As a next step to my previous question "How to calculate where raster a is not equal to raster b?", I now want to sieve (using QGIS -> Raster -> Analysis -> Sieve, or gdal_sieve in the shell) a raster which consists of the values 1 and NaN. The problem is: no matter what parameters I tell gdal_sieve to use, it still returns the original raster, nothing happens.

Pixels I want so sieve out

Above you can see the raster (black pixels) that I want to sieve. Actually, this screenshot was taken immediately after the sieve algorithm ran through. You will find that nothing was sieved.

I guess this is because gdal_sieve cannot handle NaN, so the nearest possible value always is 1 again, if it skips the NaNs.

Because I want to use Zonal Statistics with this raster and some polygons afterwards, it is necessary that this raster consists just of 1 and NaN, because I am interested in the total count of pixels with value 1 in a polygon. If I would use a raster with, say 0 and 1, it would always accumulate these two in my count column.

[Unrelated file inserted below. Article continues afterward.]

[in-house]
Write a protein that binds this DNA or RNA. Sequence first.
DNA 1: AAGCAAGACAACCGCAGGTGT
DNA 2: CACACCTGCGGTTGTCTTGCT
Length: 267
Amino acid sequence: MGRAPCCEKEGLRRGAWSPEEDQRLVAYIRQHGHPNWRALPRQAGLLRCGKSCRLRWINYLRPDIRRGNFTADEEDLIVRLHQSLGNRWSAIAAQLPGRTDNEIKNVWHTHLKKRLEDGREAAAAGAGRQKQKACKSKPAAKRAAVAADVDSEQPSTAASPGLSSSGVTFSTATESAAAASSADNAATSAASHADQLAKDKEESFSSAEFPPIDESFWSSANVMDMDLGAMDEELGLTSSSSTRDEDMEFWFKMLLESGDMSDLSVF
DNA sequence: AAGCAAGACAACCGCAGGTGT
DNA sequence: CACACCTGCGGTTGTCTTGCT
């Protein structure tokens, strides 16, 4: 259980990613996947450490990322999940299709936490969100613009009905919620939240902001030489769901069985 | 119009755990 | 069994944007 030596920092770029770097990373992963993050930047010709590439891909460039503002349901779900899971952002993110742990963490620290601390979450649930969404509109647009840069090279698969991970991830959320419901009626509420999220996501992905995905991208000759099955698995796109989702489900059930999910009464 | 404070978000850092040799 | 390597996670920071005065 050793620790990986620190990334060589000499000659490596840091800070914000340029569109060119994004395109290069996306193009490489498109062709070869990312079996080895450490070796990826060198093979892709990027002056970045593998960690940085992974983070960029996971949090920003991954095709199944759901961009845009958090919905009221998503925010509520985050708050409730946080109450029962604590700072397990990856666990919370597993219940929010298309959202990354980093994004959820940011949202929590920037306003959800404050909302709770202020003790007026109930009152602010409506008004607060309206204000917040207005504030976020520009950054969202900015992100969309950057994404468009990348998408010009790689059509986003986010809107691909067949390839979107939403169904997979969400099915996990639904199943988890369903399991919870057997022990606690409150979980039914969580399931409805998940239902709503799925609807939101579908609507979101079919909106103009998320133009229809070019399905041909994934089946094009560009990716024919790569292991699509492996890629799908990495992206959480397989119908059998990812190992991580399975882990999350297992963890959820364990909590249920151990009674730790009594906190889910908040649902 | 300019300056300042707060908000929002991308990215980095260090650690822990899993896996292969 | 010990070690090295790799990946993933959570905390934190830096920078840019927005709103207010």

Does anyone have an idea how to workaround this?

  • 1
    Can you post your gdal_sieve command, please. This works for me: gdal_sieve -st 100 -8 -nomask not_sieved.sdat -of "GTIFF" sieved.tif. Everything >100 connected pixel will be excluded with a treshold of 8. – Stefan Aug 9 '17 at 12:20
  • This seems to work for me as well, thank you! I have only tried it via the QGIS GUI yet, but because the gdal_sieve command is shown below there, I didn't think that typing it in a bash script would function differently. The -nomask flag seems to make the difference, trying the same parameters via the GUI still does not work. – bellackn Aug 9 '17 at 16:12

The code from Stefans comment works for me:

gdal_sieve.py -st 8 -8 -nomask S2_2015_AOI_Bebaut.tif -of "GTIFF" sieved.tif

The only difference I can see between the GUI version in QGIS and this bash command is the -nomask flag, which cannot be set in QGIS. This seems to do the trick. The official GDAL doc describes its function as follows:

Do not use the default validity mask for the input band (such as nodata, or alpha masks).

I cannot fully understand what this means, but as long as it works, I'm fine with it.

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